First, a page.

I discovered Maris Kreizman on Writer Twitter and have been following her book recommendations avidly for some time now. I honestly didn’t know she had a newsletter until after I also discovered her podcast. She’s everything a good book reviewer should be: fair, inclusive, and has no time for bad writing. She has a bias for thoughtful entertainment knowing that you don’t need to sit through boring to be edified. Her podcast is among the only ones I consistently listen to because her discussions with writers are full of details on the writing process, which I think anyone would find fascinating. Also, she introduces me to new talent all the time. It gets expensive following her. 

Weekly. Brief.

This Week in Security

I use this when I want to stay up all night with nightmares. [Nervous laughter] Actually, I just use it to make sure I’m not falling behind for my customers. If there’s a security risk out there that might affect them, I want to know. This is a great resource for that kind of news. Just straight talk and often good analysis along with it. 

Weekly. Brief.

5ish and The Palmer Report

Let me just say this: I HATE business books, business blogs and business bloviators. Dangerous to admit that here, I know. Contrary to my permanent status as a Serial Entrepreneur of the Dot-Com Variety, I refuse to take part in the daily navel-gazing that is tech reporting. TechCrunch and their spawn are fashion rags for wannabe VCs (no offense to fashion). You will never see me sitting down with an HBR in my hands or wetting a finger to turn the page of The Journal. BUT, there are a few writers and business-minded thinkers I do tend to read just about every word they publish and these are the two.

M.G. Siegler. Ex-tech writer now Google Ventures fellow. I don’t know him. I don’t think I ever read him until I started seeing his articles recommended to me on Medium. But I think he’s got his head in the right place and often asks the question “Is this good for us?” which I think far too few Googlers do.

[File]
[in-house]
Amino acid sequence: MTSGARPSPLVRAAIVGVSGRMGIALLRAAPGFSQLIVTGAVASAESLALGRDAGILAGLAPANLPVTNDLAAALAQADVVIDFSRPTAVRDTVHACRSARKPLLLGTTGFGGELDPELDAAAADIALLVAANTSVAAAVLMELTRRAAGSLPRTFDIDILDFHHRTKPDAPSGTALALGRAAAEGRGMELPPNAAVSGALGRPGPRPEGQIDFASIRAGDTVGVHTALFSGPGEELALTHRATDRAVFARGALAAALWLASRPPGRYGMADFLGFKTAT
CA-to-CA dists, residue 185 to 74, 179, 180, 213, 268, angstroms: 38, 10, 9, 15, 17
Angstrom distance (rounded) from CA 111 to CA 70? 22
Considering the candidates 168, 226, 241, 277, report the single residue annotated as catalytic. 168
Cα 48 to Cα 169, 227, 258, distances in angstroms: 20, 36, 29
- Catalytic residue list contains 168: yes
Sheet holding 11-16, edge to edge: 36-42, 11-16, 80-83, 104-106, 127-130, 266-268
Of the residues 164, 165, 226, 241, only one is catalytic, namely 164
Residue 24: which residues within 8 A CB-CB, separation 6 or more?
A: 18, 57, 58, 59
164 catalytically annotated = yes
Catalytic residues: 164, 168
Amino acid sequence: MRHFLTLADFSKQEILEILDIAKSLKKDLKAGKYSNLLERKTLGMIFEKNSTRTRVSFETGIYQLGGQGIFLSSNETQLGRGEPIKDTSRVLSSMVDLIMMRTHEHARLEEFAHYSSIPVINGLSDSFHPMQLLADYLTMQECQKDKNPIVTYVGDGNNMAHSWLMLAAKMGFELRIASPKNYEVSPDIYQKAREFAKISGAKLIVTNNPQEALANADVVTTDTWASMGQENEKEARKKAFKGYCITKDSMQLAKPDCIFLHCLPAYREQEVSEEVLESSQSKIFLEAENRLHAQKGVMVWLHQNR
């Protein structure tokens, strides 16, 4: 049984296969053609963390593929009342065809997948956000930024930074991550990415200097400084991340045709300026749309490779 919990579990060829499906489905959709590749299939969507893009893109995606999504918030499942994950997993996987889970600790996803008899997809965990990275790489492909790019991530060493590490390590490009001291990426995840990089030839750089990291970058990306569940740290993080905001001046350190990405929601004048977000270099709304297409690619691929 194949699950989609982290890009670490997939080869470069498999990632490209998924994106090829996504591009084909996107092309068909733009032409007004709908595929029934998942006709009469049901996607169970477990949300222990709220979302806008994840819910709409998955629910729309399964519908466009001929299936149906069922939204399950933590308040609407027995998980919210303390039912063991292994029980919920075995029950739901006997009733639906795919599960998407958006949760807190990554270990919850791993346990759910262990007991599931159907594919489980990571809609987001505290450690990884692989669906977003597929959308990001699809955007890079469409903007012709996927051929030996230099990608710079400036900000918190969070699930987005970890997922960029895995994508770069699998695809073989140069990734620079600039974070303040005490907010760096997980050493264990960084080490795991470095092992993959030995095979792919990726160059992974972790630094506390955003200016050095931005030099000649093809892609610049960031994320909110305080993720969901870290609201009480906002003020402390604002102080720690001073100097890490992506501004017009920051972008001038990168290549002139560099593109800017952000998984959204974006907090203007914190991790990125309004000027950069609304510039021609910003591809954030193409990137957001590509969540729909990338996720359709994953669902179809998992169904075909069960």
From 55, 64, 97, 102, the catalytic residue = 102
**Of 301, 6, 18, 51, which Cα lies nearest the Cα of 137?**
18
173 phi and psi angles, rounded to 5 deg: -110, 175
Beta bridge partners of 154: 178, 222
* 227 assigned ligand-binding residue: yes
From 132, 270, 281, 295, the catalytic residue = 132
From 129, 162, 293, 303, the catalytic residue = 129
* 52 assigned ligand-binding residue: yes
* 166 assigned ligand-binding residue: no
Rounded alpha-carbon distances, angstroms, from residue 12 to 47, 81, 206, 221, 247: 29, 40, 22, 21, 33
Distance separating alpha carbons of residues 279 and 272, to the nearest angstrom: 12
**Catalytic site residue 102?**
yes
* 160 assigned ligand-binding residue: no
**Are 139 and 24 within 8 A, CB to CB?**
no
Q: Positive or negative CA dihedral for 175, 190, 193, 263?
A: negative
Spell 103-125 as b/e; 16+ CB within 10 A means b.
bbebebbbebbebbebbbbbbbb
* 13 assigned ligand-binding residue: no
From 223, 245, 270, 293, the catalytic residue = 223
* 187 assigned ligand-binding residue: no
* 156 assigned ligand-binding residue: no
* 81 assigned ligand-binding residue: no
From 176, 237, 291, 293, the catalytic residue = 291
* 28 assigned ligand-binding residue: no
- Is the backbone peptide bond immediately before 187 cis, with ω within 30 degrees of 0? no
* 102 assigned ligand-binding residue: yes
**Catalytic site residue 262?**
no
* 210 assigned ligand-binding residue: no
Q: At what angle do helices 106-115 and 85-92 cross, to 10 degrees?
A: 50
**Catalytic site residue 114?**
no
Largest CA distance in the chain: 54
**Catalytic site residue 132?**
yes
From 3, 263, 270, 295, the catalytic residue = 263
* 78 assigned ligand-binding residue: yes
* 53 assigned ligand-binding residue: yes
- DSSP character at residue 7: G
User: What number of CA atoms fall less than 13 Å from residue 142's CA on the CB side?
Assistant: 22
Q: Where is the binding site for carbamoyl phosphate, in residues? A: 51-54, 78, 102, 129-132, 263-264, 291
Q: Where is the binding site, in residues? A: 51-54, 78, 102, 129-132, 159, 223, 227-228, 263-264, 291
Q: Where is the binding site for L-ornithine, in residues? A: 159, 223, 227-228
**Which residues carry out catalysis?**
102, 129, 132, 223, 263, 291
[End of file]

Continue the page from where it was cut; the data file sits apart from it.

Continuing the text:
Irregular. Brief and Dense.

A friend recommended this newsletter as a must-read and to be honest, I have read every post since I did. I didn’t think I would but, hey, I have my moments of forgiveness. Shelly Palmer writes on a vast array of subjects, but mostly the intersection of media and technology. I trust him to keep me ahead of trends that might soon affect my customers and also me at parties where tech folks might want me to pretend to be a tech person too.

Daily. Brief.

Brain Pickings 

Simply the best high-brow literature blog around. It’s, what, 15 years running now? The archives are insanely rich and the Sunday ‘new stuff’ updates are always inspiring. Maria Popova, who maintains the site and writes all of its posts, is a national treasure. 

Weekly. Dense.

Voice of San Diego

I know the staff well and have been telling fellow San Diegans that VOSD is the best startup San Diego ever produced. Their commitment to being digital was innovative way back before print crapped out and has contributed to their success in more ways since. Their coverage of our region is essential (and free) reading.

Once a week: What We Learned this Week. Dense.

Once a day: The Morning Report. Dense.

Sam Irby 

Sometimes you just have to laugh. 

Daily. Brief.


In doing some research for this post, I came across a couple of articles about the industry of Newslettering. Here are those links in case you’re interested.